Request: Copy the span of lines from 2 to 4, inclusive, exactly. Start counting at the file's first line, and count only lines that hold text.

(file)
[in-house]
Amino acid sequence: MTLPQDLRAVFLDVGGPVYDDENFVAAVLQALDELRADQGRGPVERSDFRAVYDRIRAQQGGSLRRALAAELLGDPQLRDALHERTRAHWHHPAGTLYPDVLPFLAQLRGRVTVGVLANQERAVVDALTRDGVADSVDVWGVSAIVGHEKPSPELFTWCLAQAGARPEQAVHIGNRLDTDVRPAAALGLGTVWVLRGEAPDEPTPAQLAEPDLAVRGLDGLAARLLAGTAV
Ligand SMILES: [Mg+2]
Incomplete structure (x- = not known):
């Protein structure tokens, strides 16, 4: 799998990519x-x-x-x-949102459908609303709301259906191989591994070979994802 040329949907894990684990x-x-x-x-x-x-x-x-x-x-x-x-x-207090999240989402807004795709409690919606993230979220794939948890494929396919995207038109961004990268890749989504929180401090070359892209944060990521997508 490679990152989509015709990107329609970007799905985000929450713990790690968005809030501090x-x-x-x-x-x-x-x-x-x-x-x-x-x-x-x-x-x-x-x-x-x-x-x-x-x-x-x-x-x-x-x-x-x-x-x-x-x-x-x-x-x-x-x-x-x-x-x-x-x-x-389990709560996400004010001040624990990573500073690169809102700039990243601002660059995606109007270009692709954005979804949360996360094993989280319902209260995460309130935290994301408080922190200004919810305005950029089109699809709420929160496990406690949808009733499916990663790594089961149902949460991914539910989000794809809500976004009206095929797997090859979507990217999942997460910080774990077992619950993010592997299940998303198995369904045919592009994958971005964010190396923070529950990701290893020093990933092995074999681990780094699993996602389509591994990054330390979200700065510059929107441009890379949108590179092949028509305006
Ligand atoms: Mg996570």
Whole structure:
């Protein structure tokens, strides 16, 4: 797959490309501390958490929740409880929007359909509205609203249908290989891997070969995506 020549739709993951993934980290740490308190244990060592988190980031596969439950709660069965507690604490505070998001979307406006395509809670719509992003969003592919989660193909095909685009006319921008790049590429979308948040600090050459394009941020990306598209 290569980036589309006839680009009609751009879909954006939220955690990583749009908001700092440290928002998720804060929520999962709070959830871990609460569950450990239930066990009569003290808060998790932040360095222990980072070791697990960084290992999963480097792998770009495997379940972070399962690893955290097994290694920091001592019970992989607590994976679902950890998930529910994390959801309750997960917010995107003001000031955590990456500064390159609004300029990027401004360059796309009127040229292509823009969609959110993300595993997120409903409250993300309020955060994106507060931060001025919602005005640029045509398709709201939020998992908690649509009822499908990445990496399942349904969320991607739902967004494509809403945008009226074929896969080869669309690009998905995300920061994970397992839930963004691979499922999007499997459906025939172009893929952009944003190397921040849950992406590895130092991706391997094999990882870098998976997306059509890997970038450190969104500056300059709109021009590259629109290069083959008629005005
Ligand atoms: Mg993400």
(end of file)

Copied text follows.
Amino acid sequence: MTLPQDLRAVFLDVGGPVYDDENFVAAVLQALDELRADQGRGPVERSDFRAVYDRIRAQQGGSLRRALAAELLGDPQLRDALHERTRAHWHHPAGTLYPDVLPFLAQLRGRVTVGVLANQERAVVDALTRDGVADSVDVWGVSAIVGHEKPSPELFTWCLAQAGARPEQAVHIGNRLDTDVRPAAALGLGTVWVLRGEAPDEPTPAQLAEPDLAVRGLDGLAARLLAGTAV
Ligand SMILES: [Mg+2]
Incomplete structure (x- = not known):